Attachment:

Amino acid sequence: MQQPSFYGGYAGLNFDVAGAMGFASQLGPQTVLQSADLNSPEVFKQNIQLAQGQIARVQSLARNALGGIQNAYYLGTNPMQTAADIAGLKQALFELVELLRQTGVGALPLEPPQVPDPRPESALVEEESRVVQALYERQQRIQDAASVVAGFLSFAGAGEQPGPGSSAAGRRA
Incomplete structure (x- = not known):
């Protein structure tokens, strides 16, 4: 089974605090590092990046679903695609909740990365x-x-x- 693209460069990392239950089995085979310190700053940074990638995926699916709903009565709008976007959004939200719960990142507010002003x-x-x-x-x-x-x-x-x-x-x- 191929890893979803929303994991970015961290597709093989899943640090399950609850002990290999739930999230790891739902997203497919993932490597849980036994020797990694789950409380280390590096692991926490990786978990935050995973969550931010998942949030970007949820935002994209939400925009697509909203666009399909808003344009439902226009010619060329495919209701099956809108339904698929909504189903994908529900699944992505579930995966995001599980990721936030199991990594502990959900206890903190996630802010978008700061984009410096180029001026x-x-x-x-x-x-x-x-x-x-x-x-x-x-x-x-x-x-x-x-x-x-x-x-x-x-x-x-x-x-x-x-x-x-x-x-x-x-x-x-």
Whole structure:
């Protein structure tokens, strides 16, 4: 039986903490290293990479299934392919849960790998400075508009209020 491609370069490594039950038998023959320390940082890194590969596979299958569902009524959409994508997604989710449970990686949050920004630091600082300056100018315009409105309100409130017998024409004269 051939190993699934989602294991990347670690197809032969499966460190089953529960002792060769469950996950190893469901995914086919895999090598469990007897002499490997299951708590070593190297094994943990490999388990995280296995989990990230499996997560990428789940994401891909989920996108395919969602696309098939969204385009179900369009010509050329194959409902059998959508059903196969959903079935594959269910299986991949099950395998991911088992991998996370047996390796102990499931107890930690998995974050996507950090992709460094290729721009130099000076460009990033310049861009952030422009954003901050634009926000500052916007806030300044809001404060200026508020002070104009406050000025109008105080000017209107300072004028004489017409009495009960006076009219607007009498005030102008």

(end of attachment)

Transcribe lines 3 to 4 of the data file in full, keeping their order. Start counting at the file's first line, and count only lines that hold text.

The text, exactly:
């Protein structure tokens, strides 16, 4: 089974605090590092990046679903695609909740990365x-x-x- 693209460069990392239950089995085979310190700053940074990638995926699916709903009565709008976007959004939200719960990142507010002003x-x-x-x-x-x-x-x-x-x-x- 191929890893979803929303994991970015961290597709093989899943640090399950609850002990290999739930999230790891739902997203497919993932490597849980036994020797990694789950409380280390590096692991926490990786978990935050995973969550931010998942949030970007949820935002994209939400925009697509909203666009399909808003344009439902226009010619060329495919209701099956809108339904698929909504189903994908529900699944992505579930995966995001599980990721936030199991990594502990959900206890903190996630802010978008700061984009410096180029001026x-x-x-x-x-x-x-x-x-x-x-x-x-x-x-x-x-x-x-x-x-x-x-x-x-x-x-x-x-x-x-x-x-x-x-x-x-x-x-x-």
Whole structure: